This press release is available in French.
Montreal, March 27, 2013 Women tend to carry excess fat in their hips and thighs, while men tend to carry it on their stomachs. But after menopause, things start to change: many women's fat storage patterns start to resemble those of men. This indicates that there's a link between estrogen and body fat storage. This connection is well documented, but the underlying mechanisms remained poorly understood until now.
New research conducted by Sylvia Santosa, assistant professor in Concordia University's Department of Exercise Science and Canada Research Chair in Clinical Nutrition, gives us a new look at the connection between fat storage and estrogen. By examining the fat storage process at a cellular level, Santosa and co-author Michael D. Jensen of the Mayo Clinic in Rochester, Minnesota, reveal that certain proteins and enzymes are more active in post-menopausal women. These proteins correspond with fat storage. Their findings were published in the March 2013 issue of Diabetes.
"The fat stored on our hips and thighs, is relatively harmless," explains Santosa, who is also a member of Concordia's PERFORM Centre for better health through prevention. "But the fat stored around the abdomen is more dangerous. It has been associated with diabetes, heart disease, stroke and even some cancers. When post-menopausal women put on more abdominal fat, they dramatically increase their risk for these health problems. Given these dangers, it is very important to understand the how the lower levels of estrogen associated with menopause changes where fat is stored."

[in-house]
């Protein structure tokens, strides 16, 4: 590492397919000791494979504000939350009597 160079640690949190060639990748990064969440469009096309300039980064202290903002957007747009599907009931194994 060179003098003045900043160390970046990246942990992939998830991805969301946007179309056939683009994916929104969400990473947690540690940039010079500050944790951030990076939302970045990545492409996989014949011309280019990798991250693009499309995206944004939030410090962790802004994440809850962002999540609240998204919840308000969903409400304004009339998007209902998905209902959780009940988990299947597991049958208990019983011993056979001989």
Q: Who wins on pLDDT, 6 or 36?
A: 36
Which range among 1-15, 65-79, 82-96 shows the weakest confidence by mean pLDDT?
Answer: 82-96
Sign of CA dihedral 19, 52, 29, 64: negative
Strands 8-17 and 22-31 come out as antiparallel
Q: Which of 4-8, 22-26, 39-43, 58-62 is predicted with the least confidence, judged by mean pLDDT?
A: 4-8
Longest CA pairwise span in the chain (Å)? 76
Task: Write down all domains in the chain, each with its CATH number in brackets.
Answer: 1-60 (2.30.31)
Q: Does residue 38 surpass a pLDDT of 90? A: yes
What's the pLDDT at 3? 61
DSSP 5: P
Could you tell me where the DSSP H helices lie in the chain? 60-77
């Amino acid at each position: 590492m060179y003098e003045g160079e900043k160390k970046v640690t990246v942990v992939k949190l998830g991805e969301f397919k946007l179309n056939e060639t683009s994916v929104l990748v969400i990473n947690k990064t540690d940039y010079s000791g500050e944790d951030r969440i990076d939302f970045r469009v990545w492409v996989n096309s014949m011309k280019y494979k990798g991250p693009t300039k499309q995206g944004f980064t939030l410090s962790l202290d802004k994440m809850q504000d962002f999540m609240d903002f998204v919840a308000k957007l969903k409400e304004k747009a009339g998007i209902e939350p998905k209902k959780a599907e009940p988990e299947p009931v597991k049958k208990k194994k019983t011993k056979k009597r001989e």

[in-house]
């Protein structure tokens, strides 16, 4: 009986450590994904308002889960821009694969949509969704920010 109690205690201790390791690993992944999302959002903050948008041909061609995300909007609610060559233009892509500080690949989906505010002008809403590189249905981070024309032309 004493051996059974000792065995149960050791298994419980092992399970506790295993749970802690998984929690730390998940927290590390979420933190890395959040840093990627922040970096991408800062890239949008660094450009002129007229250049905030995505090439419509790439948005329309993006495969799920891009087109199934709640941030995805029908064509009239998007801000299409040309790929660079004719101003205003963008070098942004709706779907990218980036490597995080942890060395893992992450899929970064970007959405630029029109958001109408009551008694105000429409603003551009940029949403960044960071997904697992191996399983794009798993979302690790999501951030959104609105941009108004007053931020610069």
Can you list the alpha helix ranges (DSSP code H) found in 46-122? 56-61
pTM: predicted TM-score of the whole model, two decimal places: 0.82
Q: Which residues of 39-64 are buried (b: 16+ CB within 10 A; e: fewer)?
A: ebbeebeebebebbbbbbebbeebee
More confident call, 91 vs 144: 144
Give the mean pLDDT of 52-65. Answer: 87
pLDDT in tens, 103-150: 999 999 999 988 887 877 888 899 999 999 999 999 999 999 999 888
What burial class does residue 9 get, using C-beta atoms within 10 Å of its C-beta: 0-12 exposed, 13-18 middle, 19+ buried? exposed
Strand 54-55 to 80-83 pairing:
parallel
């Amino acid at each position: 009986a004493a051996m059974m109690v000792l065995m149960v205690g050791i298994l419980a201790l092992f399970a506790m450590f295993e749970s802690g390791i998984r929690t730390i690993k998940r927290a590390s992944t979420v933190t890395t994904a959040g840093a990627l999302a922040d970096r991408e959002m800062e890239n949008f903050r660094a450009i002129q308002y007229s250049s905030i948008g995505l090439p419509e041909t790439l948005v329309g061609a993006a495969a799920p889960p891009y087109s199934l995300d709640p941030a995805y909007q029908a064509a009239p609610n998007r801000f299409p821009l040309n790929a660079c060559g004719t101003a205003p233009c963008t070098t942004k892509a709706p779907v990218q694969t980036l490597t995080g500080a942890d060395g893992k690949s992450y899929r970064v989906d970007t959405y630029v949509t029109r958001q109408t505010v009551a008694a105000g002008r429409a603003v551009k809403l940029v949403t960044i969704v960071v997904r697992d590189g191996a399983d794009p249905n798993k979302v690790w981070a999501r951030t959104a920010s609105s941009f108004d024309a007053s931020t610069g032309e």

Santosa's research compared fat storage in pre- and post-menopausal women. The 23 women who participated in the study were in the same age range, and had similar Body Mass Indices and body fat composition. These similarities allowed S
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